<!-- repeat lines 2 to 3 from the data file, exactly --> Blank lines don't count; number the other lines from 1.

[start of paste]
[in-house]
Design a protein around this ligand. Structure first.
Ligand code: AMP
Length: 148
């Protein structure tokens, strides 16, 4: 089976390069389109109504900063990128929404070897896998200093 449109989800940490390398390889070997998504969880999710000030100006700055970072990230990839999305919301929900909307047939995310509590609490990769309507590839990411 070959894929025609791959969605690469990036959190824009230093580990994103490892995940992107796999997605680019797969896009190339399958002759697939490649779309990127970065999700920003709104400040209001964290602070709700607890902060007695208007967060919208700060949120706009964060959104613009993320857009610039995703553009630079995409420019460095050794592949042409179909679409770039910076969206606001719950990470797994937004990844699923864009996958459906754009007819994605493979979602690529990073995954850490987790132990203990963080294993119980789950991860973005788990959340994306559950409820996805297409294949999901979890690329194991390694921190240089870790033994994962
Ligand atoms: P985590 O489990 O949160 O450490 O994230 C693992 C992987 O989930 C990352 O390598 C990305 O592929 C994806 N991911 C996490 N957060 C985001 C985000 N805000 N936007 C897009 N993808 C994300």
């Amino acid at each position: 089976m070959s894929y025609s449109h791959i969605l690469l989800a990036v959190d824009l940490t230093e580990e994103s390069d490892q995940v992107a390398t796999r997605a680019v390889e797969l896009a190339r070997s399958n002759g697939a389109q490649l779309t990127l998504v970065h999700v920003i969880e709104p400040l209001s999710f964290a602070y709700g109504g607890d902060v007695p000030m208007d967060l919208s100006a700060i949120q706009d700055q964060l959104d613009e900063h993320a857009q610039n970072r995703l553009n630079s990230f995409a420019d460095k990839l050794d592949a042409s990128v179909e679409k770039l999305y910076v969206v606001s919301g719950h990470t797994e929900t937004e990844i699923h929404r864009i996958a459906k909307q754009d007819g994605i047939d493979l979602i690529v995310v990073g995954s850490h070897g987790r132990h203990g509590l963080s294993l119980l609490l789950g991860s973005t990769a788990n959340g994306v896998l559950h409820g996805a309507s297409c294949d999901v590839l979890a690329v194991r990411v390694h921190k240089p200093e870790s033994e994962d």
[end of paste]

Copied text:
Design a protein around this ligand. Structure first.
Ligand code: AMP